Monthly Archives: March 2011

The Government of China Must Read MethodLogical

Last year I blogged about the global disease burden of smoking. The BBC is reporting there may be some progress on that front. China–the largest manufacturer of cigarettes in the world–announced a ban on public smoking, effective May 1, 2011. … Continue reading

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The Horror of the 1918 Influenza Pandemic

In terms of incomprehensible enormity, what is commonly known as the “Spanish Flu” is in a league of its own. It is commonly estimated to have killed between 50 and 100 million people. If it were a genocidal dictator it … Continue reading

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Idealizing the rural poor: American Heritage Edition

In a recent NYT article, Robert Shiller makes the case for indexing state-funded pensions to state GDP. This is a really sensible idea, but his framing device rubs me the wrong way: NOT so very long ago, most Americans lived … Continue reading

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A New Vision of India?

In India Calling, Anand Giridharas painted a tepidly optimistic picture of what he describes as a complex process unfolding in India – a process of reinventing the self, a coming of modernity, and a deviation from traditional societal norms of … Continue reading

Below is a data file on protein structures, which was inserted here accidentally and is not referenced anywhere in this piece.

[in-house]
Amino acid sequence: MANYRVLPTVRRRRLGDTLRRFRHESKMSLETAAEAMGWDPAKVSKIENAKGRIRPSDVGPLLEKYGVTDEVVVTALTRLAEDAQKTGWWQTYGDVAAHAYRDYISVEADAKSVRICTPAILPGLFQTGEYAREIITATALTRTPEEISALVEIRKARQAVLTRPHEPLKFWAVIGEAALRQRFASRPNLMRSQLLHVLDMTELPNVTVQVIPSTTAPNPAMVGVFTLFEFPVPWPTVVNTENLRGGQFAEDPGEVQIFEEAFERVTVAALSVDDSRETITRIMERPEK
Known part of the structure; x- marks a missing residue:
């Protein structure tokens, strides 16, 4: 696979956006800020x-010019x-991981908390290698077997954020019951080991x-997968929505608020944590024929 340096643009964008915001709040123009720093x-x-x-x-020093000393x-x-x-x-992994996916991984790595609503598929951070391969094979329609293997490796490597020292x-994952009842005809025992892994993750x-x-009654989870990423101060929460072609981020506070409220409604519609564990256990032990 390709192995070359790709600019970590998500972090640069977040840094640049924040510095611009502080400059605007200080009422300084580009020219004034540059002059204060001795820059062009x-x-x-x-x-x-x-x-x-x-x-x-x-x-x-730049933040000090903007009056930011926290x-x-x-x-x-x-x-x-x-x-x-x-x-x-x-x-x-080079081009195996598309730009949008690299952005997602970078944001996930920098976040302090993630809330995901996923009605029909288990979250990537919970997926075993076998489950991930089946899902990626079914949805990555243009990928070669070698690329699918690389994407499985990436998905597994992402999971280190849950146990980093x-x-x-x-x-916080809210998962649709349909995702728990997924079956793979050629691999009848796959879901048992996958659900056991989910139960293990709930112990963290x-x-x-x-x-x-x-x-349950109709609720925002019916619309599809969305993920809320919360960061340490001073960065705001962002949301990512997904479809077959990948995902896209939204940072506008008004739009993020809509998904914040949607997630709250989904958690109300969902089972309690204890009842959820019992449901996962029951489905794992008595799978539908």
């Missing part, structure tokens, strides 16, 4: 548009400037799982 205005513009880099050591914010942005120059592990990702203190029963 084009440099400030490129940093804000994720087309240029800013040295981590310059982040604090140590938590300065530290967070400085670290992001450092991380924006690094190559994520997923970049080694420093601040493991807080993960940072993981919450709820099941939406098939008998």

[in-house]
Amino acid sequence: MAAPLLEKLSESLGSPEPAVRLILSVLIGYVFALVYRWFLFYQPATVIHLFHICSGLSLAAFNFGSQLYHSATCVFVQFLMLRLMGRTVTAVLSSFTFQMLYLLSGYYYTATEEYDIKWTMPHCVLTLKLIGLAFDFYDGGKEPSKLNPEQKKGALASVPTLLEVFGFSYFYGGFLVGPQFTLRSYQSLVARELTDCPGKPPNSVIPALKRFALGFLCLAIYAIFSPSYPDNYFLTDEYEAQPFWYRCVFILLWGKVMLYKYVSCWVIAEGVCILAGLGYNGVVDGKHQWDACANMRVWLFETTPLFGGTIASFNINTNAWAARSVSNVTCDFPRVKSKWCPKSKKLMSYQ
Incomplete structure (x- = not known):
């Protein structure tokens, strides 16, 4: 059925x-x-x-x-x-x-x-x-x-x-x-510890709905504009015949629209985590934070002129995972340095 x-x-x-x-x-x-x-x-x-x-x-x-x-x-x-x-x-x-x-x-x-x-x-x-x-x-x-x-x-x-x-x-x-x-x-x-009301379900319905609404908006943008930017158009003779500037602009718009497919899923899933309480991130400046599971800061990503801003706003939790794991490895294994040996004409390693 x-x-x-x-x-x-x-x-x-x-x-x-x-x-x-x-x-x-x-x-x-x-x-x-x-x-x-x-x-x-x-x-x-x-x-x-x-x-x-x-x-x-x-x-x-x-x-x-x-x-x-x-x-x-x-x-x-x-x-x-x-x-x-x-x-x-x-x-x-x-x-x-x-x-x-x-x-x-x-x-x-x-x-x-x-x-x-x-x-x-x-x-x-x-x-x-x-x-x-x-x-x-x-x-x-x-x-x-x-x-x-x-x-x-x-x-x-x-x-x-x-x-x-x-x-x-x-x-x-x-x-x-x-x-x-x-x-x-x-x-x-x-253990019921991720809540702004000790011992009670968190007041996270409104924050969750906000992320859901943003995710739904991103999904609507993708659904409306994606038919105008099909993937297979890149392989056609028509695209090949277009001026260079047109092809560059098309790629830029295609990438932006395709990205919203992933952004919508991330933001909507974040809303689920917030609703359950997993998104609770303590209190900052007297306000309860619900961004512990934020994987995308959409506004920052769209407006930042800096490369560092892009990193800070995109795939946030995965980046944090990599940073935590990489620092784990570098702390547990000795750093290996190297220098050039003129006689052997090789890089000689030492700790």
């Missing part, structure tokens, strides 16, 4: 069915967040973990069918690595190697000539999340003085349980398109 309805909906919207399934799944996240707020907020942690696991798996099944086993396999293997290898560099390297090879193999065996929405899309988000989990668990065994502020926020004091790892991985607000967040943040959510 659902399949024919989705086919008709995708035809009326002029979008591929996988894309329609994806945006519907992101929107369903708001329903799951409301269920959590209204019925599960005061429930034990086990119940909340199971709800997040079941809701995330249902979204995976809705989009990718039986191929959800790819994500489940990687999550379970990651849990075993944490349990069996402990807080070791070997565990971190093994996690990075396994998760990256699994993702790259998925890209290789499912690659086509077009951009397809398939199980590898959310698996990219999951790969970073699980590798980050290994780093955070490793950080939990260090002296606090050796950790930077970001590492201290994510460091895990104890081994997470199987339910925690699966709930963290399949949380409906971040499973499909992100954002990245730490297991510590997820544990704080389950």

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Another Flu Pandemic?

By now, you should be use to worrying about the flu. Avian flu (H5N1) and swine flu (H1N1) have dominated global health news cycles in recent years–probably because pandemic flu is one global health issue that can affect rich countries–spurring … Continue reading

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Even at low prices (and in poor places) the demand curve slopes downward

My UM econ classmate Austin Davis sent me a link to this great piece by Michael Kremer and Rachel Glennerster in the Boston Review, which summarizes what we’ve learned from RCTs in developing countries and how the results generalize to … Continue reading

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(Mis)measuring Brain Drain

Some brief thoughts on the paper Andrew found that attempts to put a price on the brain drain. Several of the things they’re doing are questionable: 1) They attribute all the investments in education to the home country. A lot … Continue reading

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